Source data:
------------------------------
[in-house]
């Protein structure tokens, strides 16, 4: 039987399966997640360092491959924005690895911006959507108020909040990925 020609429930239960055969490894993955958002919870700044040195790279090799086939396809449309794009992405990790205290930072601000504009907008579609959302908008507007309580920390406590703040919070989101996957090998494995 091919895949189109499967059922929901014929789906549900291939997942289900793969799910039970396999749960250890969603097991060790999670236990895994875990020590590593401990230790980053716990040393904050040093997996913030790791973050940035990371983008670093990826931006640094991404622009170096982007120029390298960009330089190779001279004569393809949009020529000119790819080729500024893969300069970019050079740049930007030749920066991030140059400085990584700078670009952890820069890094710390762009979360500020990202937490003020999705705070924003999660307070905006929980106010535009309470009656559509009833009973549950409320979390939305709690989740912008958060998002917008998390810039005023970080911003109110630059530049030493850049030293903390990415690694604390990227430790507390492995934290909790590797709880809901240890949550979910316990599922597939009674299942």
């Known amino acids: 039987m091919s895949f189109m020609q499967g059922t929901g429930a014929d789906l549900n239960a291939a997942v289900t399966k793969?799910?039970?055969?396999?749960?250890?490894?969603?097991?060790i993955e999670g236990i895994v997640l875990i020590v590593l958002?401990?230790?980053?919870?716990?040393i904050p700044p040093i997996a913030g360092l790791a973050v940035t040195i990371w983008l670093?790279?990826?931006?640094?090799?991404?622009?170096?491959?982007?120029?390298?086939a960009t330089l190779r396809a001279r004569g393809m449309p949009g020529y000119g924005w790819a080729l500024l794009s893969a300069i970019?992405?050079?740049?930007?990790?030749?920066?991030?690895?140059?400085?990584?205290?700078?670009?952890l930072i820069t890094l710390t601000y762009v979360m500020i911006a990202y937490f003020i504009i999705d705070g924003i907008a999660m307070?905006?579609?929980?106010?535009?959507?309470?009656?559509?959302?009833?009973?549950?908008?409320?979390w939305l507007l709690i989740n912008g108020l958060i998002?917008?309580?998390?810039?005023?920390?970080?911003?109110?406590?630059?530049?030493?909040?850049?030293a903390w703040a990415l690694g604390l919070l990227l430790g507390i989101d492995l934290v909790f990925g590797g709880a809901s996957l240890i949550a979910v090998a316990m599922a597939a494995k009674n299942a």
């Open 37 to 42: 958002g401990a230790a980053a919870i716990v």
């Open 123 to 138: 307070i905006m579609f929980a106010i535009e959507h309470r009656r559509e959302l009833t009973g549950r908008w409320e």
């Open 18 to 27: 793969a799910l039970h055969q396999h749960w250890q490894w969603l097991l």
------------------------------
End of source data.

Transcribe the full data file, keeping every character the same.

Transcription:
[in-house]
């Protein structure tokens, strides 16, 4: 039987399966997640360092491959924005690895911006959507108020909040990925 020609429930239960055969490894993955958002919870700044040195790279090799086939396809449309794009992405990790205290930072601000504009907008579609959302908008507007309580920390406590703040919070989101996957090998494995 091919895949189109499967059922929901014929789906549900291939997942289900793969799910039970396999749960250890969603097991060790999670236990895994875990020590590593401990230790980053716990040393904050040093997996913030790791973050940035990371983008670093990826931006640094991404622009170096982007120029390298960009330089190779001279004569393809949009020529000119790819080729500024893969300069970019050079740049930007030749920066991030140059400085990584700078670009952890820069890094710390762009979360500020990202937490003020999705705070924003999660307070905006929980106010535009309470009656559509009833009973549950409320979390939305709690989740912008958060998002917008998390810039005023970080911003109110630059530049030493850049030293903390990415690694604390990227430790507390492995934290909790590797709880809901240890949550979910316990599922597939009674299942």
């Known amino acids: 039987m091919s895949f189109m020609q499967g059922t929901g429930a014929d789906l549900n239960a291939a997942v289900t399966k793969?799910?039970?055969?396999?749960?250890?490894?969603?097991?060790i993955e999670g236990i895994v997640l875990i020590v590593l958002?401990?230790?980053?919870?716990?040393i904050p700044p040093i997996a913030g360092l790791a973050v940035t040195i990371w983008l670093?790279?990826?931006?640094?090799?991404?622009?170096?491959?982007?120029?390298?086939a960009t330089l190779r396809a001279r004569g393809m449309p949009g020529y000119g924005w790819a080729l500024l794009s893969a300069i970019?992405?050079?740049?930007?990790?030749?920066?991030?690895?140059?400085?990584?205290?700078?670009?952890l930072i820069t890094l710390t601000y762009v979360m500020i911006a990202y937490f003020i504009i999705d705070g924003i907008a999660m307070?905006?579609?929980?106010?535009?959507?309470?009656?559509?959302?009833?009973?549950?908008?409320?979390w939305l507007l709690i989740n912008g108020l958060i998002?917008?309580?998390?810039?005023?920390?970080?911003?109110?406590?630059?530049?030493?909040?850049?030293a903390w703040a990415l690694g604390l919070l990227l430790g507390i989101d492995l934290v909790f990925g590797g709880a809901s996957l240890i949550a979910v090998a316990m599922a597939a494995k009674n299942a």
């Open 37 to 42: 958002g401990a230790a980053a919870i716990v």
């Open 123 to 138: 307070i905006m579609f929980a106010i535009e959507h309470r009656r559509e959302l009833t009973g549950r908008w409320e």
């Open 18 to 27: 793969a799910l039970h055969q396999h749960w250890q490894w969603l097991l």